Suicide Attempts in Bipolar Patients
J Clin Psychiatry 2001;62(12):963-966
© Copyright 2017 Physicians Postgraduate Press, Inc.
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Background: Between 25% to 50% of patients with bipolar disorder
make suicide attempts during their lives, but there are some controversies about
factors related to suicide attempts in this group of patients. The aim of this
study is to investigate the association between suicide attempts and the predictive
factors previously described in the literature.
Method: The sample included all 169 patients with DSM-III-R bipolar
I disorder identified in a delimited area (northern Spain). Sociodemographic,
clinical, and family history variables measured by Research Diagnostic Criteria-Family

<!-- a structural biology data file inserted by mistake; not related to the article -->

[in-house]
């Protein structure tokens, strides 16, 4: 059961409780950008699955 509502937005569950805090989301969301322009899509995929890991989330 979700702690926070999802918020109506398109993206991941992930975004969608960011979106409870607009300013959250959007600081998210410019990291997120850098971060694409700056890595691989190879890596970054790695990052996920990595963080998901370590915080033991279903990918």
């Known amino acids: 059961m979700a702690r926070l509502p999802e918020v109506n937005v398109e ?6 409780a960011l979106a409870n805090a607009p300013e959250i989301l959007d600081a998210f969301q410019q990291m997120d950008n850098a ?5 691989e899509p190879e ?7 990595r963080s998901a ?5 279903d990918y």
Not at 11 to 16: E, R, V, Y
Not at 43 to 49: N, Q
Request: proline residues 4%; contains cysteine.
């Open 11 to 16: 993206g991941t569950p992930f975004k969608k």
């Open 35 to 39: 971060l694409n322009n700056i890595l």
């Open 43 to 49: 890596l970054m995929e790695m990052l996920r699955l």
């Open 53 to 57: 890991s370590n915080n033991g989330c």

History were analyzed. Significant variables were introduced in a logistic regression
analysis to control for the effects of other variables.
Results: There were 56 patients (33%) who had one or more suicide
attempts. Early age at onset, history of hospital admission during depressive
episodes, drug abuse, and family history were significantly associated with
suicide in the univariate analyses (p < .05). A much higher proportion of
patients with onset at or before 25 years of age than patients with onset after
25 years of age attempted suicide (23% vs. 10%). The age at onset was no longer
significant after controlling for the other 3 variables included in the logistic
Conclusion: Suicide attempts are highly prevalent in bipolar
patients and are related to drug abuse, family history of affective disorders,
and severe depressive episodes. This study suggests that the risk of suicide
in patients with an early age at onset could reflect other variables such as
drug abuse, a history of hospital admissions for depression, or family history.